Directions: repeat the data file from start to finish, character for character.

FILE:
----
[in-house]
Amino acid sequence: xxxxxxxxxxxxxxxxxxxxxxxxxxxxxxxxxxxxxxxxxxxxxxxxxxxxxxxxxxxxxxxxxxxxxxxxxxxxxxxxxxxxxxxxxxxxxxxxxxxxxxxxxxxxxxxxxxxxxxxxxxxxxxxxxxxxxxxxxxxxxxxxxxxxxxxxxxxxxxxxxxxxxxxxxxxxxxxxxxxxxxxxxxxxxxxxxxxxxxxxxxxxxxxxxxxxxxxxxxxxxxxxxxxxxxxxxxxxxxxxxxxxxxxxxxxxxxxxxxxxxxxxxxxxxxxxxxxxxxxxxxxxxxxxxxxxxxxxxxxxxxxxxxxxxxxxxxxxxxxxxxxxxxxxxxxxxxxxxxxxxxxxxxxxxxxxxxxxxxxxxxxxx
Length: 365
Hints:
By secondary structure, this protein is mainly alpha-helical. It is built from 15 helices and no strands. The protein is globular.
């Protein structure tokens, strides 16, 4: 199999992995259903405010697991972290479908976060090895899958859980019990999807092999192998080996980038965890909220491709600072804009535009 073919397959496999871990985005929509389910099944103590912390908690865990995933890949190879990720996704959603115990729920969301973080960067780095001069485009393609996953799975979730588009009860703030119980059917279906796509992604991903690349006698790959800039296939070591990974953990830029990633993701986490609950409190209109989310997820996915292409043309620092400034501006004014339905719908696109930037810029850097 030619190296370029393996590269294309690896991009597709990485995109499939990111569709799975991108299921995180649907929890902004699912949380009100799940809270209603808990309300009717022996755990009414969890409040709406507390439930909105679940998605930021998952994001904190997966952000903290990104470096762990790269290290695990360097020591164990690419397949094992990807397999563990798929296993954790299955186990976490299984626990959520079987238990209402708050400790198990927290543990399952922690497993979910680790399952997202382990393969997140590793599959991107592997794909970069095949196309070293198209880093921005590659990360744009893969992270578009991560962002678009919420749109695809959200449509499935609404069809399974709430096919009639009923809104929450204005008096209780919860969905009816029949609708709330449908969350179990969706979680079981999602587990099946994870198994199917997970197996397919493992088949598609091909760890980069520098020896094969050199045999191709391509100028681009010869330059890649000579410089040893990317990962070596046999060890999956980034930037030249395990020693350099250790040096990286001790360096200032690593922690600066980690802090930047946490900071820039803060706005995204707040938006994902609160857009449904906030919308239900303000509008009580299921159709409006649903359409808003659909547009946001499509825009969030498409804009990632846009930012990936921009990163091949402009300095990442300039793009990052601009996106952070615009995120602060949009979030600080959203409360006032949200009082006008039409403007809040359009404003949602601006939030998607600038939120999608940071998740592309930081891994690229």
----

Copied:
[in-house]
Amino acid sequence: xxxxxxxxxxxxxxxxxxxxxxxxxxxxxxxxxxxxxxxxxxxxxxxxxxxxxxxxxxxxxxxxxxxxxxxxxxxxxxxxxxxxxxxxxxxxxxxxxxxxxxxxxxxxxxxxxxxxxxxxxxxxxxxxxxxxxxxxxxxxxxxxxxxxxxxxxxxxxxxxxxxxxxxxxxxxxxxxxxxxxxxxxxxxxxxxxxxxxxxxxxxxxxxxxxxxxxxxxxxxxxxxxxxxxxxxxxxxxxxxxxxxxxxxxxxxxxxxxxxxxxxxxxxxxxxxxxxxxxxxxxxxxxxxxxxxxxxxxxxxxxxxxxxxxxxxxxxxxxxxxxxxxxxxxxxxxxxxxxxxxxxxxxxxxxxxxxxxxxxxxxxxx
Length: 365
Hints:
By secondary structure, this protein is mainly alpha-helical. It is built from 15 helices and no strands. The protein is globular.
């Protein structure tokens, strides 16, 4: 199999992995259903405010697991972290479908976060090895899958859980019990999807092999192998080996980038965890909220491709600072804009535009 073919397959496999871990985005929509389910099944103590912390908690865990995933890949190879990720996704959603115990729920969301973080960067780095001069485009393609996953799975979730588009009860703030119980059917279906796509992604991903690349006698790959800039296939070591990974953990830029990633993701986490609950409190209109989310997820996915292409043309620092400034501006004014339905719908696109930037810029850097 030619190296370029393996590269294309690896991009597709990485995109499939990111569709799975991108299921995180649907929890902004699912949380009100799940809270209603808990309300009717022996755990009414969890409040709406507390439930909105679940998605930021998952994001904190997966952000903290990104470096762990790269290290695990360097020591164990690419397949094992990807397999563990798929296993954790299955186990976490299984626990959520079987238990209402708050400790198990927290543990399952922690497993979910680790399952997202382990393969997140590793599959991107592997794909970069095949196309070293198209880093921005590659990360744009893969992270578009991560962002678009919420749109695809959200449509499935609404069809399974709430096919009639009923809104929450204005008096209780919860969905009816029949609708709330449908969350179990969706979680079981999602587990099946994870198994199917997970197996397919493992088949598609091909760890980069520098020896094969050199045999191709391509100028681009010869330059890649000579410089040893990317990962070596046999060890999956980034930037030249395990020693350099250790040096990286001790360096200032690593922690600066980690802090930047946490900071820039803060706005995204707040938006994902609160857009449904906030919308239900303000509008009580299921159709409006649903359409808003659909547009946001499509825009969030498409804009990632846009930012990936921009990163091949402009300095990442300039793009990052601009996106952070615009995120602060949009979030600080959203409360006032949200009082006008039409403007809040359009404003949602601006939030998607600038939120999608940071998740592309930081891994690229």